Tourism and Culture Minister Terry French threw cold water on the hopes of hockey fans Wednesday, saying the provincial government will not subsidize an AHL team in the province.
Speaking to reporters Wednesday, French said he is philosophically opposed to the idea of putting taxpayer dollars into a professional sports team.
“We’ve got to make a philosophical decision if this is the way we want to go and we decided that we wouldn’t go down that road,” French said.
The Telegram has reported a deal to move the Manitoba Moose is complete, contingent on an NHL team being relocated to Winnipeg.
But former premier Danny Williams, who is at the centre of the negotiations, said Tuesday such a deal may rest on some sort of provincial government support.
He said the hockey team would likely require some sort of travel subsidy, which would cost roughly $500,000.
Following French’s announcement, Williams was unavailable for an interview, but in an email statement, he told The Telegram he’s “deeply disappointed.”
He indicated the Moose would now likely be moved somewhere other than St. John’s.
“This represented the last best chance to bring the AHL back to St. John’s and it unfortunate that another city will reap the benefits that we could have seen in our own province,” Williams said.
The request for provincial support didn’t come from Williams himself; since he’s only six months retired from politics, that would have represented a conflict of interest.
Instead the proposal came from St. John’s Sports and Entertainment (SJSE) which owns and operates the Mile One Centre.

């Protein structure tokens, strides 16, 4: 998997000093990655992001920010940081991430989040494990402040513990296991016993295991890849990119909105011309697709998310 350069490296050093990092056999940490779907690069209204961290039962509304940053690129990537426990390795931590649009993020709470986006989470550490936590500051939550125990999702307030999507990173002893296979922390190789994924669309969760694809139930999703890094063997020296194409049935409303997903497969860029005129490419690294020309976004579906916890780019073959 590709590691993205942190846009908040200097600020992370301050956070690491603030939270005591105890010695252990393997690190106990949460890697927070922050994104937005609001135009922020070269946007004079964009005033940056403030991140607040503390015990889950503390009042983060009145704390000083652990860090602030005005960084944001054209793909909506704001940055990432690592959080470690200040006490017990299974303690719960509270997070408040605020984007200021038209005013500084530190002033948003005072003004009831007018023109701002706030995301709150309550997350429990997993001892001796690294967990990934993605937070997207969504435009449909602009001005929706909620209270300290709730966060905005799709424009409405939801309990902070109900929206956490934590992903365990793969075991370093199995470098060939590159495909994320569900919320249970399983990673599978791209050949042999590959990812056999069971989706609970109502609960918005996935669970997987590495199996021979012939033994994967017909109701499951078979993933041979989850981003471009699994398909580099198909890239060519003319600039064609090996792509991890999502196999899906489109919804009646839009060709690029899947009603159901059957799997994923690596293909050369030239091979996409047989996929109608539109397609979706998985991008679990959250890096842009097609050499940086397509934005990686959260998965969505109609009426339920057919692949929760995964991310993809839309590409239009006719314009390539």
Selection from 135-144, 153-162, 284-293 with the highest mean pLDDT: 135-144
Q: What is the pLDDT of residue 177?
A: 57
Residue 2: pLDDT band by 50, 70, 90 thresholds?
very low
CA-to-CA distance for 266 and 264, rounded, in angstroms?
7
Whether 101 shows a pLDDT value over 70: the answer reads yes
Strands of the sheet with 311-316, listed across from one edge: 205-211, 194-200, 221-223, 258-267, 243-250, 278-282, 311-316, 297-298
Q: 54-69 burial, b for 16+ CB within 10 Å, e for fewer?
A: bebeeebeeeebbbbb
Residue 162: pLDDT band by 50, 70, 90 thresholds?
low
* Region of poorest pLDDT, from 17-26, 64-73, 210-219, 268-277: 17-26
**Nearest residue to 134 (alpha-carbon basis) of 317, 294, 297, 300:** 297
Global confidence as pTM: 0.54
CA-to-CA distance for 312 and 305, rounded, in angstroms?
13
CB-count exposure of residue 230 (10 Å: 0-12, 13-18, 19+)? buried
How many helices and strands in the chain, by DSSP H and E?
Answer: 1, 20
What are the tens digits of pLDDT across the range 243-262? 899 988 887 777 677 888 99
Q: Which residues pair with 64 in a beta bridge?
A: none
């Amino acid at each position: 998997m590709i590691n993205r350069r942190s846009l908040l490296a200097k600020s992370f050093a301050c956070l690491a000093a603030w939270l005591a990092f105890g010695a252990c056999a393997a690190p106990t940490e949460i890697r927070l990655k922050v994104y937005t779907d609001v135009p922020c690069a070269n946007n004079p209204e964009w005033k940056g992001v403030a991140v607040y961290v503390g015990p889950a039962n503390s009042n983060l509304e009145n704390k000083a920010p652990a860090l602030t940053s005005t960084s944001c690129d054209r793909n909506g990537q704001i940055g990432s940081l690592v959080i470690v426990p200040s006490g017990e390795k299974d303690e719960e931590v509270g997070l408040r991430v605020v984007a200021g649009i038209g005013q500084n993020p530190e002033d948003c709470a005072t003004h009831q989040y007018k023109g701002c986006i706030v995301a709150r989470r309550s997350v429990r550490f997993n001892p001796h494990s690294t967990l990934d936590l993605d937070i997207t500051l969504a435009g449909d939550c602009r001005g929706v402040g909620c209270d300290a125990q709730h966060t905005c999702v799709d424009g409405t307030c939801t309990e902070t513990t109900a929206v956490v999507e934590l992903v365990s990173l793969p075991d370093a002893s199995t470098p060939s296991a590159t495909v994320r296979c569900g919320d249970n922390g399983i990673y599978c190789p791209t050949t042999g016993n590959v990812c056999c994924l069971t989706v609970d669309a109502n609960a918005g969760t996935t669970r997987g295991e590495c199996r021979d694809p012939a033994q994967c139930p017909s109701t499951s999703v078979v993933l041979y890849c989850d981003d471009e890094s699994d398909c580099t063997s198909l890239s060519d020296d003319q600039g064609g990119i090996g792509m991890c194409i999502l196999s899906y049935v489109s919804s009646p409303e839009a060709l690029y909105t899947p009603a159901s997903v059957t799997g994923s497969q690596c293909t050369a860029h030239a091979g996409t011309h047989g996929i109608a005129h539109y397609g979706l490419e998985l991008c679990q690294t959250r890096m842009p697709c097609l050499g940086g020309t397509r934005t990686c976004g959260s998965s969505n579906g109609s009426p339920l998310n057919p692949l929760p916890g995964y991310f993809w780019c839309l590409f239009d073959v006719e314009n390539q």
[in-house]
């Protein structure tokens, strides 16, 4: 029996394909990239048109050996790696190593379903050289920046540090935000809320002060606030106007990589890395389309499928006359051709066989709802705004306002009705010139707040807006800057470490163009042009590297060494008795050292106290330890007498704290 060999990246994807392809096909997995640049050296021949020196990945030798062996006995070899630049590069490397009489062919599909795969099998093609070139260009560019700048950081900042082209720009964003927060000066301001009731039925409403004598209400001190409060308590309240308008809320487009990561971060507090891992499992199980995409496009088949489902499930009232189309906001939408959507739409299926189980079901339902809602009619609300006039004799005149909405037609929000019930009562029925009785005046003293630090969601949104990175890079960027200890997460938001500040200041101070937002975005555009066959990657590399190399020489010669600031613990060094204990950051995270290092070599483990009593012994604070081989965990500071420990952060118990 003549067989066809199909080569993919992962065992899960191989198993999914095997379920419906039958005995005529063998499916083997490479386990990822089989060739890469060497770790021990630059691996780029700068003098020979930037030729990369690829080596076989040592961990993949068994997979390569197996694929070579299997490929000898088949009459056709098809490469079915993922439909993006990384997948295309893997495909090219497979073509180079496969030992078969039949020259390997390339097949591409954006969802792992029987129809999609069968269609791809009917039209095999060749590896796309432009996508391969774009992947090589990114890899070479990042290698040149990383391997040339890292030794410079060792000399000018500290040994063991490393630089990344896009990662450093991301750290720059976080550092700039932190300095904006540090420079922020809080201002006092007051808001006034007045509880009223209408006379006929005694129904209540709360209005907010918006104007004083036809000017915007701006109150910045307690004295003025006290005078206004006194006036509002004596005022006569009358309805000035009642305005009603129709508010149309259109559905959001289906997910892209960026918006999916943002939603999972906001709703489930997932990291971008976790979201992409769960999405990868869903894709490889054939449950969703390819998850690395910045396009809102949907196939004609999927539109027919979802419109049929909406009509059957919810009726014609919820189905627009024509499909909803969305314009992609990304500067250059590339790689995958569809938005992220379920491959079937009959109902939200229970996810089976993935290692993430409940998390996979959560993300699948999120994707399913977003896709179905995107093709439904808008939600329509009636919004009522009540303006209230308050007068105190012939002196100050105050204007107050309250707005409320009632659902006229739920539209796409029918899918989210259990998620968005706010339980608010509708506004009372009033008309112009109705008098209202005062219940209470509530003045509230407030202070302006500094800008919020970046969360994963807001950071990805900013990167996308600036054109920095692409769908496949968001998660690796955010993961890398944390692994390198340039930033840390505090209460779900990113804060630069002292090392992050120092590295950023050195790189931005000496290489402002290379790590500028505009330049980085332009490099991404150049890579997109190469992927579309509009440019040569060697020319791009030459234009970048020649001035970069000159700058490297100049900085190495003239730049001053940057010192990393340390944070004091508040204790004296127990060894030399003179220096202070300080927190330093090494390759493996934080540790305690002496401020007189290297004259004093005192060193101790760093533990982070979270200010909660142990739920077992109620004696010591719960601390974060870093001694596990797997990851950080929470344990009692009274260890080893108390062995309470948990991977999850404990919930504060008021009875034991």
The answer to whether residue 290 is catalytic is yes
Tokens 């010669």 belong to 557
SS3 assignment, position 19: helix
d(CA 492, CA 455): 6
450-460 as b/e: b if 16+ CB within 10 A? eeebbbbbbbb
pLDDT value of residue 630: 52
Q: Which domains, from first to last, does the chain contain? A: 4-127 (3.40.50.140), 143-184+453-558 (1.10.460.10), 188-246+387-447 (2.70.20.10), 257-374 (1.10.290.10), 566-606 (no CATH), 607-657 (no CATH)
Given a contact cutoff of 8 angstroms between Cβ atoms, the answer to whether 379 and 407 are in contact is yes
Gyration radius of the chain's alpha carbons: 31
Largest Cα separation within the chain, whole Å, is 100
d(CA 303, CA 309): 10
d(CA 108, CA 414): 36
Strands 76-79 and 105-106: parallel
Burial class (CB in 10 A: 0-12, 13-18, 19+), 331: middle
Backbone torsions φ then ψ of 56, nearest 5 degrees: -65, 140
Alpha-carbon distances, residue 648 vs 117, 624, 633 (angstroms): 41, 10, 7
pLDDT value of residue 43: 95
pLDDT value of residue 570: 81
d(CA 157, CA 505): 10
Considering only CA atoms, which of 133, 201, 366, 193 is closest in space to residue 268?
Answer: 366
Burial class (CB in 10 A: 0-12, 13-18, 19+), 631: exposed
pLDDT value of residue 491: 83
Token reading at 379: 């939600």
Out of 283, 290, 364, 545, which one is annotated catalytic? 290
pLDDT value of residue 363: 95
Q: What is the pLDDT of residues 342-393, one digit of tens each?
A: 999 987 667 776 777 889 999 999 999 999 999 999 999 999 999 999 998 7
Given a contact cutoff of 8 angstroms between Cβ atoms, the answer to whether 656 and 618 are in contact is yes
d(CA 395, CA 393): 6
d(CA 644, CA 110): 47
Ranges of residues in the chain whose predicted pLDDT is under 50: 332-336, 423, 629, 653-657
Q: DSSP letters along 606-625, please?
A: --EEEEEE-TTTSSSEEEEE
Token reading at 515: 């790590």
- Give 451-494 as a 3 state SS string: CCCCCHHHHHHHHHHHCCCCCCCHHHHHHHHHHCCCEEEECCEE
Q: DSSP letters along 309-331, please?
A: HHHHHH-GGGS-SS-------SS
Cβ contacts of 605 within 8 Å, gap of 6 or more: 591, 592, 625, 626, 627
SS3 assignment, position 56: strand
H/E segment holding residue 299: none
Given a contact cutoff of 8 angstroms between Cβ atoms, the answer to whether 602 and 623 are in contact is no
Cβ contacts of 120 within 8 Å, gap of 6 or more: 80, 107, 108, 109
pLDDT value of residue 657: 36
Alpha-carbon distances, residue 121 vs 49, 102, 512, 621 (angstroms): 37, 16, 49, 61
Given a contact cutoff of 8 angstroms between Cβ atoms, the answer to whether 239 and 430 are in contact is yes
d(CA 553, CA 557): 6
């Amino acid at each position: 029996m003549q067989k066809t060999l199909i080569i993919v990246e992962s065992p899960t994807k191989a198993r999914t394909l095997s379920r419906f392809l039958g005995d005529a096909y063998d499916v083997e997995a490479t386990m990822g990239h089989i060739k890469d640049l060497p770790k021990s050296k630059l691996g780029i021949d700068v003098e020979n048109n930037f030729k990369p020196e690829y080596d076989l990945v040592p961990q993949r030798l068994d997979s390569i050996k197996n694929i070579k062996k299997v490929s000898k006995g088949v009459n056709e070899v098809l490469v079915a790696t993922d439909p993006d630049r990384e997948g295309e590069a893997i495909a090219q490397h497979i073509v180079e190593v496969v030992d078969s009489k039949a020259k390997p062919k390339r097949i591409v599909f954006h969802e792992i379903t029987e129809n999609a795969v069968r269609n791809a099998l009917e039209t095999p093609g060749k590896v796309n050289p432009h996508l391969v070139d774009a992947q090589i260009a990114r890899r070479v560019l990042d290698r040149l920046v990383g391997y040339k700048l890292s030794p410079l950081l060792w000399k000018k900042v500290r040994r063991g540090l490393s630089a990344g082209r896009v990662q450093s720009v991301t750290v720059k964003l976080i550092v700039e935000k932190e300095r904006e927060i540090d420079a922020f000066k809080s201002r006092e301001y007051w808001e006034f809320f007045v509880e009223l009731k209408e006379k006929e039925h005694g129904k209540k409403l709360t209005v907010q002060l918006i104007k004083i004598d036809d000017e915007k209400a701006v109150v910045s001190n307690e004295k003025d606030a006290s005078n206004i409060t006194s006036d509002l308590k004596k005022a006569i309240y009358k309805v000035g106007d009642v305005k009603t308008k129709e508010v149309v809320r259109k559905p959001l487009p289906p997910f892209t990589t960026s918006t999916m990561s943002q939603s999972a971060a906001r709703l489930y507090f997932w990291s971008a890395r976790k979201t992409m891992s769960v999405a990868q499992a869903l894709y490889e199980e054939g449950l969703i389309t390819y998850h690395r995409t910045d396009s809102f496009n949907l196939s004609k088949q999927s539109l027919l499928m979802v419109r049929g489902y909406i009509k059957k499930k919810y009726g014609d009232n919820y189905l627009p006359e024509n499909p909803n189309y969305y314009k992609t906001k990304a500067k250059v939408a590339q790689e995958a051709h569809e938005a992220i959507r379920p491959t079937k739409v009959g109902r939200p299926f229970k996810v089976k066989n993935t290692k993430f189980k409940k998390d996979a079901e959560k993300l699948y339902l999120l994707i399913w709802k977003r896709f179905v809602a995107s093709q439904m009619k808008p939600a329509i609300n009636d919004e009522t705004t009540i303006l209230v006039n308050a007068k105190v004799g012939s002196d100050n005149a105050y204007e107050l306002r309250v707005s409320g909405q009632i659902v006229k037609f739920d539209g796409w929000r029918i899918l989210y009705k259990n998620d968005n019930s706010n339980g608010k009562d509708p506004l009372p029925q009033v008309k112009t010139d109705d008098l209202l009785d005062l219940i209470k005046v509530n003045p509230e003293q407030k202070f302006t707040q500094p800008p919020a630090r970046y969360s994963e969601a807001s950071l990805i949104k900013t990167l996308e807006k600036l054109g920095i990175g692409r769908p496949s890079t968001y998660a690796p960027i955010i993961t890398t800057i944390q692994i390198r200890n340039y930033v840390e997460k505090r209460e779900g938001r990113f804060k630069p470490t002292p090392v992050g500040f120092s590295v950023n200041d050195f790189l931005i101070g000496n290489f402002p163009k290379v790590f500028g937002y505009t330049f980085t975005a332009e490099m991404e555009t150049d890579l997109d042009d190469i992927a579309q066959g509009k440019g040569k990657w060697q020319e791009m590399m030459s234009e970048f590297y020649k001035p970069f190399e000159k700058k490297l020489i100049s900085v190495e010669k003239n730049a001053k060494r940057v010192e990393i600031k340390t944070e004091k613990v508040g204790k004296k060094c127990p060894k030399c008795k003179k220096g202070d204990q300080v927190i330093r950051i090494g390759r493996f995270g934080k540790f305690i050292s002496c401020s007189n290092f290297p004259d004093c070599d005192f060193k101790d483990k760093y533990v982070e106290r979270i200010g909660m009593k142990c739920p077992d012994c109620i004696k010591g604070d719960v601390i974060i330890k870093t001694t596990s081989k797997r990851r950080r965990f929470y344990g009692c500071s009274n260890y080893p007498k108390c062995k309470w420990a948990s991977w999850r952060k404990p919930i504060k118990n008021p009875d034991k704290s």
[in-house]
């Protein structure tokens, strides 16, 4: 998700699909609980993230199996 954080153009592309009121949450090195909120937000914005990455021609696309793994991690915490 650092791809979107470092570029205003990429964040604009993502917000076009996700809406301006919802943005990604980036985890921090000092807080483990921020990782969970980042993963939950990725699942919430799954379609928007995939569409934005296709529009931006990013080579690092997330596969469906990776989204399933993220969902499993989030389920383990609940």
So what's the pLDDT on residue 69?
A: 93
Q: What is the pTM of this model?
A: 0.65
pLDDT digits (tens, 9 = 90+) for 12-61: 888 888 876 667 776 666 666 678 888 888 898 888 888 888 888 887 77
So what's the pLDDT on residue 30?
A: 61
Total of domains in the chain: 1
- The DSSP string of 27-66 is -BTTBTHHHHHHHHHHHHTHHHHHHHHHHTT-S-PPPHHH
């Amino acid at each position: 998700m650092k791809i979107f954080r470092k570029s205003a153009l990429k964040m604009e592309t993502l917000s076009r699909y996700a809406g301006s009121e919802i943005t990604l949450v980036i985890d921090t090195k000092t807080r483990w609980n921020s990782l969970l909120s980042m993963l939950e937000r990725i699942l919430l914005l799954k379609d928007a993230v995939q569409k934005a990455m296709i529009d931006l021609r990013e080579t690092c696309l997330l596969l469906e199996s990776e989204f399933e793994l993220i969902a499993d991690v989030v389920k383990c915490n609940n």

Coun. Danny Breen, the City Council’s representative on the SJSE board, said he was disappointed the province didn’t come through, but at least the decision came quickly.
“This thing is unfolding pretty quickly, so we would have needed an answer fairly quick,” Breen said. “Sometimes, you know, it’s like pulling off a Band-aid.”
Breen said the AHL team would have an economic impact on the city of roughly $10 million, based on salaries for players and support staff, along with other increased economic activity.
Williams said the taxes alone would have offset the subsidy that was being asked for.
“I can’t understand how they would not appreciate the tremendous economic spin-offs associated with an AHL franchise in the province,” he said.
“Tax revenue alone would more than offset the City's subsidy request, not to mention the added economic bonus of employment opportunities, tourism benefits and business for the downtown core.”
If the Manitoba Moose were brought to town, they would remain the property of Mark Chipman, and Manitoba-based True North Sports and Entertainment.
Williams has said that while he acted as a sort-of matchmaker in bringing the deal together, he would not have an ownership role in the team.
It is unclear whether the lack of a provincial subsidy will kill the deal.
Breen said until he’s told the deal is dead, he’ll keep looking for a way to make it work.
One group who is enthusiastically behind the AHL deal was the hospitality industry.
Restaurant and hotel business from out of town hockey fans would coincide with the tourism off-season, bolstering the revenue for many St. John’s businesses.
“We do think it would be very good for the economy, you know, in terms of guest rooms, food and beverage and all the other kinds of expenditures that players and officials and people coming into the city, you know, will spend,” said Cathy Duke, CEO of Destination St. John’s.
Premier Kathy Dunderdale has declined repeated requests from reporters to comment on the AHL situation.